Since my last blog post aptly titled, “What’s Next” was written back in August of 2016, quite a lot has happened.
Clearly updating/maintaining this site with the blog posts/content I had intended were not one of the things that happened, however, I’m proud to read through my last post and report how the 5-10 year goal I wrote and the timeline I set are coming to fruition.
- Love my job (& how part of it is working directly with startups and indie game dev studios)
- Shoutout to Gainesville’s Chromatic Games & support their Kickstarter: HERE
- Pursuing my MBA (at Babson, the #1 Entrepreneurship program for over 2 decades)
- Growing Hopping 4 A Cure (Awarded 2 Scholarships in 2018 to students in Florida diagnosed with Multiple Sclerosis!)
- In need of Organizers/Volunteers – please share with your networks – mshopscotch.org/join
Professionally, life really is awesome. Very lucky to have a great relationship with my manager and colleagues.
Personally, life has been OK. Throughout 2017 I knew something was different though I could not pinpoint exactly what felt off. It wasn’t until 2018 that truly slapped me in the face – and it was not my receding hairline…
It took me a few months to truly process everything that happened at Stoneman Douglas, months to realize the importance of community, and a deep conversation with a new friend to motivate myself to take action. (TLDR; Community is Important.)
The motivation/idea that sparked this post came from a message I received on LinkedIn about speaking at a pretty cool event in San Francisco (see image).
“Avant-garde experience in SF… This is the 4th of 50 that we are going to do this year in cities around the world… 4 highly successful executives-by-day are invited to be storytellers-by-night…You’ll have a chance to tell a 5 minute never-before-told story.”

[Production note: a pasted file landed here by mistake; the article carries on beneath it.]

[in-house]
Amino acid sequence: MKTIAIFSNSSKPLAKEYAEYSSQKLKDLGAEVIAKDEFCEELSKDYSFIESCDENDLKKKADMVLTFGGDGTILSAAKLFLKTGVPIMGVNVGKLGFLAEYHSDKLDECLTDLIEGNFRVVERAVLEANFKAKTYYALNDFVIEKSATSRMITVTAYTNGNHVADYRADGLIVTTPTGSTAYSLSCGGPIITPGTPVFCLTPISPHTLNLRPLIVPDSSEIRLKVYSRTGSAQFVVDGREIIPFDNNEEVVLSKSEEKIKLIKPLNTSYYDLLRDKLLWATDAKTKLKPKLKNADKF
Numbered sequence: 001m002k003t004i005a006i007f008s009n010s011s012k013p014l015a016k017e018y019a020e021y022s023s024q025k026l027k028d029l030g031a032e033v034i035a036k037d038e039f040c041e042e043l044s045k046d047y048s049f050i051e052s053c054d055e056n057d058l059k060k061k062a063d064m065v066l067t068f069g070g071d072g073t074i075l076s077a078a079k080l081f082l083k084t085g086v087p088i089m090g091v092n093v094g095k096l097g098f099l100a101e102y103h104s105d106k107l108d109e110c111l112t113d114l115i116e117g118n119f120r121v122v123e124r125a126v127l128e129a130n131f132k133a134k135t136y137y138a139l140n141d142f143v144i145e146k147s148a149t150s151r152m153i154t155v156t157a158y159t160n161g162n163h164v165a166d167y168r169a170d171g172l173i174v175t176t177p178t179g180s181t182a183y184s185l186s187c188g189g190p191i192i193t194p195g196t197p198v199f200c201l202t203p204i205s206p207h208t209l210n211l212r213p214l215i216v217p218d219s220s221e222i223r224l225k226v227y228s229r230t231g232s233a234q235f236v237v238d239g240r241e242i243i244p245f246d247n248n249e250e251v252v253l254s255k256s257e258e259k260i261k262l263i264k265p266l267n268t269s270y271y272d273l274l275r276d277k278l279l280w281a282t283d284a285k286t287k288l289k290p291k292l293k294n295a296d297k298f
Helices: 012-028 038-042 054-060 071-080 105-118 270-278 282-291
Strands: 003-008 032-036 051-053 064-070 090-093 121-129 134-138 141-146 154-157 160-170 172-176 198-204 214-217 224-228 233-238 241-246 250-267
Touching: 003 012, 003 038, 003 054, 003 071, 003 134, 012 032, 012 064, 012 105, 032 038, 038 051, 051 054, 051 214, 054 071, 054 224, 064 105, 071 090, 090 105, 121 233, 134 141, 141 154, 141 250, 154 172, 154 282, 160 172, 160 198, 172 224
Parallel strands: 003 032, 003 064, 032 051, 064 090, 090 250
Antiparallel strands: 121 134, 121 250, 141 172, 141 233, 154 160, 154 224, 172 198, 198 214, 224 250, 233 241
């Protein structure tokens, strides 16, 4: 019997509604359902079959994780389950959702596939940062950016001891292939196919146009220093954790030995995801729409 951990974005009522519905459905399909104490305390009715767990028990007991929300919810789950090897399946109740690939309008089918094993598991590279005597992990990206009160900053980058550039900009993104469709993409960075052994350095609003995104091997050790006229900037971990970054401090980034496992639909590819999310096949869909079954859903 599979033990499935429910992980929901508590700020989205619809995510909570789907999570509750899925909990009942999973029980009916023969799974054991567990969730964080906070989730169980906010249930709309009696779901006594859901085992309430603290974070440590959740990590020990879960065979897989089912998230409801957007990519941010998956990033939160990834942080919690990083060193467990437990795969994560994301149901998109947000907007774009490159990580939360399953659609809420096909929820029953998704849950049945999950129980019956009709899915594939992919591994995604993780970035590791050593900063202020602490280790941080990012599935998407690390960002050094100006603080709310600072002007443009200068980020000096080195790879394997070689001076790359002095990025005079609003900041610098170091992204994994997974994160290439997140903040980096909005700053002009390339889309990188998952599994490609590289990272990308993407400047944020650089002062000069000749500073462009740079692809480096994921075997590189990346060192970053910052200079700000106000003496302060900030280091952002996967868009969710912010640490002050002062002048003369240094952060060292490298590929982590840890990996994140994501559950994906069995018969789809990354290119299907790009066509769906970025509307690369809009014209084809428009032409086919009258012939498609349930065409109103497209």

Of course this sounded awesome, though I needed to think of a ‘ 5 minute never-before-told story’. If we have ever met, you know that my stories usually take forever, and that I enjoy sharing my good (debatable) stories with anyone who has the patience to listen.
Though I did not share this story with others at the event, I believe it is a message worth sharing to those open to hearing it, and I am ready to share.
I was lucky for the first 20 years of my life to have never experienced loss of anyone I was close with. Sure, I knew people who passed away, though it was never anyone in my friends group or close relative.
Saturday evening, the second week of January 2015. I was in a hotel room with my mom the night before running the Disney Marathon when I remember getting a few texts from his roommate asking if I had heard from him or knew where he was. Didn’t think anything about it until I got back to Gainesville and learned Jerry DeClasse had been in a coma at UF Shands following a hit and run. I had lunch with him a few days before and everything seemed normal.
The strangest feeling, was the realization of how close he and I had become since starting at UF two years prior. The realization he was my best friend. There were a few news articles about the incident painting a horrible picture of him based on the location of town he was in and the color of his skin. Not only were police asking me to describe him as I knew him, but his parents were asking me the same questions since I knew him more than any other. I’ve never had to attend a funeral before, let alone be asked to speak at one. It really messed me up.
I did, and although I still feel waves of emotion, I’ll never forget those who reached out just to say hi and let me know they were there if I needed anything. The circumstances of the shooting at my high school were dramatically different. The San Francisco/Bay Area is physically one of the farthest places in the US from my home.
After living here for over a year, the “friends” and the people I hung around were cool, interesting and nice people, though they really weren’t there for me when I needed them. It took me time to process exactly what had happened at Stoneman Douglas High School, though it didn’t take me much longer to realize I didn’t have the same support group or community I needed.
There is never a good time, or a right way to reach out to someone after something traumatic happened. There is never (or should never) be any expectation that people should/would reach out to ask for or offer support. The reality is, people don’t know how certain things affect others or how to react when something serious does happen. The best thing to do, if anything (in my opinion), is to reach out so say “Hang in there, I am here to talk if you need someone.”